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Economic Calendar - Top 5 Things to Watch This Week

·4 min read

By Noreen Burke

Investing.com -- Going into the holiday-shortened Christmas week there will still be plenty to watch out for in markets as investors await the vote on a $900 billion coronavirus aid package. The vaccine rollout effort will widen after Moderna’s COVID-19 vaccine became the second to receive FDA approval. Monday could see some stock market volatility following Tesla’s addition the S&P 500, as index funds adjust holdings to match the benchmark's rejig and Brexit negotiations are in the endgame. Here’s what you need to know to start your week.

Stimulus on the way?

The U.S. Congress appears close to a vote on a $900 billion coronavirus relief package, after lawmakers reached a last-minute compromise to overcome one of the final obstacles to a deal.

Congressional leaders plan to attach the stimulus package to a $1.4 trillion bill to fund government spending through September 2021. A new government funding deadline is set to expire at midnight Sunday (0500 GMT Monday), risking a government shutdown without a vote.

The coronavirus aid package is expected to include one-off $600 checks for most Americans, enhanced unemployment benefits of $300 per week, help for states distributing coronavirus vaccines and more assistance for small businesses.

Earlier this year Congress approved more than $4 trillion in aid, but many of the funds have since run out, weighing on the economic recovery.

Vaccine campaign widens

More than 3,700 sites around the U.S. are due to start administering Moderna’s COVID-19 vaccine as soon as Monday, vastly widening the rollout started last week with the Pfizer (NYSE:PFE) vaccine.

The U.S. government plans to deliver 5.9 million Moderna (NASDAQ:MRNA) shots and 2 million Pfizer shots this week.

Initial doses are being given to health professionals. Programs by pharmacies Walgreens and CVS to distribute the Pfizer vaccine to long-term care facilities are expected to start on Monday.

Healthcare experts predict it will take well into 2021 for a significant portion of Americans to be inoculated. Infections, hospitalizations, and deaths are soaring to record levels in the U.S., which has failed to mount a coordinated effort to slow the spread of the virus.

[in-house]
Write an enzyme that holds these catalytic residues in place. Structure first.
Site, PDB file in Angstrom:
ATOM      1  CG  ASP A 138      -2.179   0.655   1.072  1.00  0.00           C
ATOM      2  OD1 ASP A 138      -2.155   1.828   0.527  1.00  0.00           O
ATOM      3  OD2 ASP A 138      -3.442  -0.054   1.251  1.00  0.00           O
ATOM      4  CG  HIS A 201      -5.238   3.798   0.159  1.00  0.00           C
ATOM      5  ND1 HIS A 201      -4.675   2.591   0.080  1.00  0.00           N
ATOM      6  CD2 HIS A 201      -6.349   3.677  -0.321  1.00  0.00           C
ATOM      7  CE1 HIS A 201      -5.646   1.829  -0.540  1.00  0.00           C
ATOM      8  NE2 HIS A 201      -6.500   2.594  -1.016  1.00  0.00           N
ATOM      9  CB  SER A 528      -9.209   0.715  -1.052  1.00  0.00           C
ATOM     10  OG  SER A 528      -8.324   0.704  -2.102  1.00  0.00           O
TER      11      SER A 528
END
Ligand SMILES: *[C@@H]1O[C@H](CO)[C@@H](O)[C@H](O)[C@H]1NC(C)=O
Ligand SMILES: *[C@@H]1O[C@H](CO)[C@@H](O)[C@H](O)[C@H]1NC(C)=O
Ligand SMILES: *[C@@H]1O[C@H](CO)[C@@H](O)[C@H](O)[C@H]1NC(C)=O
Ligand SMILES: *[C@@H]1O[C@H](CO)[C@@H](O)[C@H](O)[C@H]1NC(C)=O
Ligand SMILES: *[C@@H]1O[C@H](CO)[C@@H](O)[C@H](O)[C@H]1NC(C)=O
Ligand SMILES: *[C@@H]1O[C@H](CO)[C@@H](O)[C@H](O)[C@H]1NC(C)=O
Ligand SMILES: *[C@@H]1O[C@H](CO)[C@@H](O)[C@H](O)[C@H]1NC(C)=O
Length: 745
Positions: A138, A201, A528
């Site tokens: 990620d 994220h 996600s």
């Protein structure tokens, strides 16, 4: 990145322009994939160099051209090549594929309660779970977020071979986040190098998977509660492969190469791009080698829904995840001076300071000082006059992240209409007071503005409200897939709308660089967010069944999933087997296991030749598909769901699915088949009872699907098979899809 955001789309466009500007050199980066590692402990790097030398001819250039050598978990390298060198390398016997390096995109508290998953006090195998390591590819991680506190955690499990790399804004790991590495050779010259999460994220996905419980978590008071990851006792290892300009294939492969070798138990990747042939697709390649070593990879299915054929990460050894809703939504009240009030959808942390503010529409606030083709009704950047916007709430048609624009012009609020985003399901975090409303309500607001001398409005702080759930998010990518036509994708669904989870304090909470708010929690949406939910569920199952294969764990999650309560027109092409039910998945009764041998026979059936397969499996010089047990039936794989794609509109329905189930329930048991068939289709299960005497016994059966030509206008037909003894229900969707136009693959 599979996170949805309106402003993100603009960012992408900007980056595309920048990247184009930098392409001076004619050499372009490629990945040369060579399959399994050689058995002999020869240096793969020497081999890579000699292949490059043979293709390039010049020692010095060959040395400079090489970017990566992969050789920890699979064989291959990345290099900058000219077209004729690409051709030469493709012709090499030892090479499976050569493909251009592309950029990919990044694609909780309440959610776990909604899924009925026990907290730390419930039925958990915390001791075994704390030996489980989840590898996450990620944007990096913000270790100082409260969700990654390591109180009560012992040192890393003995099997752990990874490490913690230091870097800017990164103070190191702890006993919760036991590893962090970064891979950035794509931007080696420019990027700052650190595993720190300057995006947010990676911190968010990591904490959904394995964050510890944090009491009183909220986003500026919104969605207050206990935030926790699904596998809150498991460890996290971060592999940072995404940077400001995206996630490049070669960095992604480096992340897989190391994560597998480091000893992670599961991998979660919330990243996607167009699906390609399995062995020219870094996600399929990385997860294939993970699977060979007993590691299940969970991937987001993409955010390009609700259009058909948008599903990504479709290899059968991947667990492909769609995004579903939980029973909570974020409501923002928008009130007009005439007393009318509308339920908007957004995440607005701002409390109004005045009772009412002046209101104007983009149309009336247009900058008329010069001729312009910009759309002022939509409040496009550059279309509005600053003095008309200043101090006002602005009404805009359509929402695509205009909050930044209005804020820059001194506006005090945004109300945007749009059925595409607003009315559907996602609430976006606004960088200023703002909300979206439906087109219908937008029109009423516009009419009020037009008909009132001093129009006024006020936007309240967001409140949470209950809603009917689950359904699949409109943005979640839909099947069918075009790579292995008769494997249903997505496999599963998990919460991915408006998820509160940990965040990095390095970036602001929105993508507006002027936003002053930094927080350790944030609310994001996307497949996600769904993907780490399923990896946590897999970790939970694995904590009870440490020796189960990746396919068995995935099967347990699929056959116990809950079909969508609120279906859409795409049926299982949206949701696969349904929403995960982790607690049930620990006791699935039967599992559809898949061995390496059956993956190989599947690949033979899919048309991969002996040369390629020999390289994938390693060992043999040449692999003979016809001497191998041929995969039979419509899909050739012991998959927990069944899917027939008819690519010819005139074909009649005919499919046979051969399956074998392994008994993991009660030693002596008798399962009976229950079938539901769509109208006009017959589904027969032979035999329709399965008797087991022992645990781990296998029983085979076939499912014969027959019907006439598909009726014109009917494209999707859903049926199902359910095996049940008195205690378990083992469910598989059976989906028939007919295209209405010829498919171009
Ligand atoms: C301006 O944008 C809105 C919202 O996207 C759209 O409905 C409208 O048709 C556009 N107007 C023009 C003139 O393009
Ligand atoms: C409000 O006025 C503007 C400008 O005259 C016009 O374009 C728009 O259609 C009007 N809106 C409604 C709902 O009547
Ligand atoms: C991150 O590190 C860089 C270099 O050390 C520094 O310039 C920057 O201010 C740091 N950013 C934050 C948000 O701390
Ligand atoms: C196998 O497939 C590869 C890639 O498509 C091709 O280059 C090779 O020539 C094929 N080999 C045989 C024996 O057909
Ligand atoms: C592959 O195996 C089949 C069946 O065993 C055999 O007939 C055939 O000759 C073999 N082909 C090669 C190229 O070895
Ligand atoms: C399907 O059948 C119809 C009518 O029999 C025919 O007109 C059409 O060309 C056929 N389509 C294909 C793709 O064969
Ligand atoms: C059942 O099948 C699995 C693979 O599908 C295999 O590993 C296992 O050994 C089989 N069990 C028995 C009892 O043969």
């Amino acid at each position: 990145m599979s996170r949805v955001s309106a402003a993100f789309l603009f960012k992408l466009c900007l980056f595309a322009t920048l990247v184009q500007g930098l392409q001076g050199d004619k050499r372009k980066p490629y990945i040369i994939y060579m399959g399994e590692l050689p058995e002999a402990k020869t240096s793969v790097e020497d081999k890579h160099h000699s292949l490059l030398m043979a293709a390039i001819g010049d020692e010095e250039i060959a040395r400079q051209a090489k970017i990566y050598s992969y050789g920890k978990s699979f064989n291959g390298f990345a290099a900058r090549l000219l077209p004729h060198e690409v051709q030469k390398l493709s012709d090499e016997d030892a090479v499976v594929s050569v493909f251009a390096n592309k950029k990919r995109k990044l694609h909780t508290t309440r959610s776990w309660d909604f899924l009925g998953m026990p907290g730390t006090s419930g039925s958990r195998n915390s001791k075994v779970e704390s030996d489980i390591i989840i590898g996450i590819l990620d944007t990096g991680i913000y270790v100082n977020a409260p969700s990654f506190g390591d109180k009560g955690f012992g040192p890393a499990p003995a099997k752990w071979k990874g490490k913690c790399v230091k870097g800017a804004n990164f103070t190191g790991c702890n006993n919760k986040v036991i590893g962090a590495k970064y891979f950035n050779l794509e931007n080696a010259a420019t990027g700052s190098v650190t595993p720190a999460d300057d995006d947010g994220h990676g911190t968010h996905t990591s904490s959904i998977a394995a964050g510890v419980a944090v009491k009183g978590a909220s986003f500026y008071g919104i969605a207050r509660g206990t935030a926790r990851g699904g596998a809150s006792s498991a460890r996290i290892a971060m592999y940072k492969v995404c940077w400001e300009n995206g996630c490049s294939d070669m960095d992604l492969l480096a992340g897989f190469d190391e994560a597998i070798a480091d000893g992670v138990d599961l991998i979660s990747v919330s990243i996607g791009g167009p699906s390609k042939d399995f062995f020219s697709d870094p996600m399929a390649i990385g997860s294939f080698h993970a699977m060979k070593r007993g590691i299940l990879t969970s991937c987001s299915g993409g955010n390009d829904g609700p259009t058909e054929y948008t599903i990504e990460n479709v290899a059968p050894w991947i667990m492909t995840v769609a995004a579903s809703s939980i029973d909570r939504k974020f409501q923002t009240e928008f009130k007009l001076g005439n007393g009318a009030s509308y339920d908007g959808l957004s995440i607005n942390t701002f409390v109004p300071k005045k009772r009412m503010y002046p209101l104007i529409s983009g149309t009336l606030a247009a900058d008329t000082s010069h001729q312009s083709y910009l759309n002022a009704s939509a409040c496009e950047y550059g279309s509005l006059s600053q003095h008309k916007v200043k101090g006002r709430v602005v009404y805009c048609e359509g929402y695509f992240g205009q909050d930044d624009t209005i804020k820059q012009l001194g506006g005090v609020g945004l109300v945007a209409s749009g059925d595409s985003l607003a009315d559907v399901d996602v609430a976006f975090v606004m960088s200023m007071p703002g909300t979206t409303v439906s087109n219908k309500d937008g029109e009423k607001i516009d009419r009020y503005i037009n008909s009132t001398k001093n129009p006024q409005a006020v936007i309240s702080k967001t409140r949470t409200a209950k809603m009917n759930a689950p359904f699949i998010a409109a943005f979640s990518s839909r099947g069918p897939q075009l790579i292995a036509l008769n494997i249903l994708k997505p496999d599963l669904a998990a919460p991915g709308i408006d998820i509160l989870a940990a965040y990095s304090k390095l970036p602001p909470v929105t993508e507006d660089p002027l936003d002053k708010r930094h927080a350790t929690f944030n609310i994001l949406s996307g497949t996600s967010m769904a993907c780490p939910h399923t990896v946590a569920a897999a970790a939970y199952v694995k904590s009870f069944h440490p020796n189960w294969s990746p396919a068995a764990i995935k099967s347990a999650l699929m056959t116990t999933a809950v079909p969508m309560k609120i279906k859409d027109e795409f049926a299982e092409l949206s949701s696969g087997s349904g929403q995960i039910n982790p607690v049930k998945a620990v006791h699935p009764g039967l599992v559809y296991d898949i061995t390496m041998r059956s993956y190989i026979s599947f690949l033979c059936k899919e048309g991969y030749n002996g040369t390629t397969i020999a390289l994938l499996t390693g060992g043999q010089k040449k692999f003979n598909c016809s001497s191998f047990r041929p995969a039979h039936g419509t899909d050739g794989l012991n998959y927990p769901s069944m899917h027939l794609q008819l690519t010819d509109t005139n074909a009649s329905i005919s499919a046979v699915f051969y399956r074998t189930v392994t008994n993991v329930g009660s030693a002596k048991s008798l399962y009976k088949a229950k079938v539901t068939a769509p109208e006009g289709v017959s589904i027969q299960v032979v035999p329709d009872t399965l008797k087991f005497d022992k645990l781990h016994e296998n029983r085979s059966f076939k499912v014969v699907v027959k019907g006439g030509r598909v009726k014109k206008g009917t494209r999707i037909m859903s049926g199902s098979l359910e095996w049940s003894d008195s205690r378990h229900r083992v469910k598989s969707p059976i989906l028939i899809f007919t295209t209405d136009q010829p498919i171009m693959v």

Tesla shakeout

Investors may see some volatility on Monday when Tesla (NASDAQ:TSLA) begins trading as part of the S&P 500 as index funds adjust their portfolios to match the benchmark's shakeup.

Tesla shares have rallied almost 700% year-to-date, placing its stock market value at around $600 billion. It is the world's most valuable auto company, despite having output that is just a fraction of rivals Toyota (NYSE:TM), Volkswagen (DE:VOWG_p) and General Motors (NYSE:GM).

Some analysts say its share price is far ahead of fundamentals and there is plenty of debate on how the stock will perform from here on out.

Analysts have an average price target of $396.30 per share, more than a third below its current price - though estimates vary from $40 to $774 per share.

Economic updates

Before the Christmas lull on the economic calendar investors will get updates on the health of the U.S. housing sector with data on existing home sales on Tuesday and new home sales on Wednesday. The housing market is defying slowing economic growth, thanks to pent-up demand and record low mortgage rates.

Personal spending data on Wednesday is likely to be soft given last week’s poor retail sales numbers, but data on durable goods orders is expected to remain relatively firm. A report on consumer confidence will be closely watched amid a push-pull between the positives of vaccine news and concerns over the deteriorating economy and labor market.

Data on initial jobless claims will also be in focus after jumping to the highest level in three months last week, in what was a second straight weekly increase.

Brexit deadline looming

With less than two weeks left to go before Britain exits the European Union when the transition period ends on Dec. 31 there is still no trade agreement in place, putting a trillion dollars worth of trade at risk from tariffs and quotas.

The talks are still deadlocked on two issues - the EU’s fishing rights in British waters and creating a so-called level playing field providing fair competition rules for both sides.

Both sides need to get any deal approved by their parliaments, and with the talks in their final stages, it is expected that any conclusion will most likely come before Christmas.

--Reuters contributed to this report

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